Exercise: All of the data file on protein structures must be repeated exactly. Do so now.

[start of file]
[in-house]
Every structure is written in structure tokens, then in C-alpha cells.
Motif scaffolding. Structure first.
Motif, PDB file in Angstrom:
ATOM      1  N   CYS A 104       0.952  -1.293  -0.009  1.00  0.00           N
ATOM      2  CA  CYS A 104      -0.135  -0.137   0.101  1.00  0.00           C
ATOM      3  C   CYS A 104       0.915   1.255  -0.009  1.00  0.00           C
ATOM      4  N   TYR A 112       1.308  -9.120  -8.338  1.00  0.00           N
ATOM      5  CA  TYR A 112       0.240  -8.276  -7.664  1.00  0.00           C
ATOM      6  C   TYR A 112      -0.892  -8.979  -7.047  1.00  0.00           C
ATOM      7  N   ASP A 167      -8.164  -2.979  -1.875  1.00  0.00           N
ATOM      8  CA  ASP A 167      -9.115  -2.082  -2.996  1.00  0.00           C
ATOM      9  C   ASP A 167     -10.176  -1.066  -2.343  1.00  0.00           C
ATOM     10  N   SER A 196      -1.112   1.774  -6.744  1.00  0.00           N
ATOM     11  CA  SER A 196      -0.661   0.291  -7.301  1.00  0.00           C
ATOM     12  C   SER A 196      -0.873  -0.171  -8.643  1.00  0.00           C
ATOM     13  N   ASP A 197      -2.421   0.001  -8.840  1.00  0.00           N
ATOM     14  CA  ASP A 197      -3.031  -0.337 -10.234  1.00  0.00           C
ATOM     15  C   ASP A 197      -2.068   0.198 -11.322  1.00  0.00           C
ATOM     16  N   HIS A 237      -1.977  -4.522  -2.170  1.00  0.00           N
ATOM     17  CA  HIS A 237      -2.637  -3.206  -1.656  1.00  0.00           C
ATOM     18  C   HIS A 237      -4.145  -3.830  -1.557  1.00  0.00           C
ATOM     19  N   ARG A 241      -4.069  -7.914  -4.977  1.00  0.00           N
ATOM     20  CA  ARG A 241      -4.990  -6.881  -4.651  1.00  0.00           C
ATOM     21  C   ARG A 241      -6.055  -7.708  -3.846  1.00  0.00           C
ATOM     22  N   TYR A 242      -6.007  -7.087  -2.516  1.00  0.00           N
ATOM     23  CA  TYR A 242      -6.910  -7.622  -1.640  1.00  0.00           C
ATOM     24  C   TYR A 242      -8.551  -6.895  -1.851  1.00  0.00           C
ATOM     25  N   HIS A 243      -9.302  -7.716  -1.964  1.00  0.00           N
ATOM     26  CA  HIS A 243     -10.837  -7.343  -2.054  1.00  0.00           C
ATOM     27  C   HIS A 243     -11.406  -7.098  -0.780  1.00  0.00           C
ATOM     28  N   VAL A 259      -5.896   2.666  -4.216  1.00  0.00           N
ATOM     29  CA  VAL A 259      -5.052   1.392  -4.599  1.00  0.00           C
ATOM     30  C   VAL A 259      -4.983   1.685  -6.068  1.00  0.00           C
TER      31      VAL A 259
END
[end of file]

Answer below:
[in-house]
Every structure is written in structure tokens, then in C-alpha cells.
Motif scaffolding. Structure first.
Motif, PDB file in Angstrom:
ATOM      1  N   CYS A 104       0.952  -1.293  -0.009  1.00  0.00           N
ATOM      2  CA  CYS A 104      -0.135  -0.137   0.101  1.00  0.00           C
ATOM      3  C   CYS A 104       0.915   1.255  -0.009  1.00  0.00           C
ATOM      4  N   TYR A 112       1.308  -9.120  -8.338  1.00  0.00           N
ATOM      5  CA  TYR A 112       0.240  -8.276  -7.664  1.00  0.00           C
ATOM      6  C   TYR A 112      -0.892  -8.979  -7.047  1.00  0.00           C
ATOM      7  N   ASP A 167      -8.164  -2.979  -1.875  1.00  0.00           N
ATOM      8  CA  ASP A 167      -9.115  -2.082  -2.996  1.00  0.00           C
ATOM      9  C   ASP A 167     -10.176  -1.066  -2.343  1.00  0.00           C
ATOM     10  N   SER A 196      -1.112   1.774  -6.744  1.00  0.00           N
ATOM     11  CA  SER A 196      -0.661   0.291  -7.301  1.00  0.00           C
ATOM     12  C   SER A 196      -0.873  -0.171  -8.643  1.00  0.00           C
ATOM     13  N   ASP A 197      -2.421   0.001  -8.840  1.00  0.00           N
ATOM     14  CA  ASP A 197      -3.031  -0.337 -10.234  1.00  0.00           C
ATOM     15  C   ASP A 197      -2.068   0.198 -11.322  1.00  0.00           C
ATOM     16  N   HIS A 237      -1.977  -4.522  -2.170  1.00  0.00           N
ATOM     17  CA  HIS A 237      -2.637  -3.206  -1.656  1.00  0.00           C
ATOM     18  C   HIS A 237      -4.145  -3.830  -1.557  1.00  0.00           C
ATOM     19  N   ARG A 241      -4.069  -7.914  -4.977  1.00  0.00           N
ATOM     20  CA  ARG A 241      -4.990  -6.881  -4.651  1.00  0.00           C
ATOM     21  C   ARG A 241      -6.055  -7.708  -3.846  1.00  0.00           C
ATOM     22  N   TYR A 242      -6.007  -7.087  -2.516  1.00  0.00           N
ATOM     23  CA  TYR A 242      -6.910  -7.622  -1.640  1.00  0.00           C
ATOM     24  C   TYR A 242      -8.551  -6.895  -1.851  1.00  0.00           C
ATOM     25  N   HIS A 243      -9.302  -7.716  -1.964  1.00  0.00           N
ATOM     26  CA  HIS A 243     -10.837  -7.343  -2.054  1.00  0.00           C
ATOM     27  C   HIS A 243     -11.406  -7.098  -0.780  1.00  0.00           C
ATOM     28  N   VAL A 259      -5.896   2.666  -4.216  1.00  0.00           N
ATOM     29  CA  VAL A 259      -5.052   1.392  -4.599  1.00  0.00           C
ATOM     30  C   VAL A 259      -4.983   1.685  -6.068  1.00  0.00           C
TER      31      VAL A 259
END